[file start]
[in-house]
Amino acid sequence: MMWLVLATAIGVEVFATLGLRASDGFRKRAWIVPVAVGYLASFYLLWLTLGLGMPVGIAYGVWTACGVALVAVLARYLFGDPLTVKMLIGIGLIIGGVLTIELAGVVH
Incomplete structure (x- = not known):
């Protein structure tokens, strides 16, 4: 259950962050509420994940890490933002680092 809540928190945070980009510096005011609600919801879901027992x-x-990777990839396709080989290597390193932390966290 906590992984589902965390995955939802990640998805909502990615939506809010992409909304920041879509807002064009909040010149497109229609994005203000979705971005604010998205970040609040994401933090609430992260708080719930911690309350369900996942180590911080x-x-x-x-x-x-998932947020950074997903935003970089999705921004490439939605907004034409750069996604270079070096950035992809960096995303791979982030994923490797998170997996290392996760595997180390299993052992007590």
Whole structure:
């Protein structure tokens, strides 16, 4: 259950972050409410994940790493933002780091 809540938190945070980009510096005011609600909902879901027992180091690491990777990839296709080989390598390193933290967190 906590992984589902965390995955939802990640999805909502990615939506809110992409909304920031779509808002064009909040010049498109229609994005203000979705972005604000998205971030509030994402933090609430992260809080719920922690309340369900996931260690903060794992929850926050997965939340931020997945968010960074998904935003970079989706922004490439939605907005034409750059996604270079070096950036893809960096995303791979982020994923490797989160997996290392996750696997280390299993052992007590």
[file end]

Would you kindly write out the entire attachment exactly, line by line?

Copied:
[in-house]
Amino acid sequence: MMWLVLATAIGVEVFATLGLRASDGFRKRAWIVPVAVGYLASFYLLWLTLGLGMPVGIAYGVWTACGVALVAVLARYLFGDPLTVKMLIGIGLIIGGVLTIELAGVVH
Incomplete structure (x- = not known):
């Protein structure tokens, strides 16, 4: 259950962050509420994940890490933002680092 809540928190945070980009510096005011609600919801879901027992x-x-990777990839396709080989290597390193932390966290 906590992984589902965390995955939802990640998805909502990615939506809010992409909304920041879509807002064009909040010149497109229609994005203000979705971005604010998205970040609040994401933090609430992260708080719930911690309350369900996942180590911080x-x-x-x-x-x-998932947020950074997903935003970089999705921004490439939605907004034409750069996604270079070096950035992809960096995303791979982030994923490797998170997996290392996760595997180390299993052992007590």
Whole structure:
């Protein structure tokens, strides 16, 4: 259950972050409410994940790493933002780091 809540938190945070980009510096005011609600909902879901027992180091690491990777990839296709080989390598390193933290967190 906590992984589902965390995955939802990640999805909502990615939506809110992409909304920031779509808002064009909040010049498109229609994005203000979705972005604000998205971030509030994402933090609430992260809080719920922690309340369900996931260690903060794992929850926050997965939340931020997945968010960074998904935003970079989706922004490439939605907005034409750059996604270079070096950036893809960096995303791979982020994923490797989160997996290392996750696997280390299993052992007590």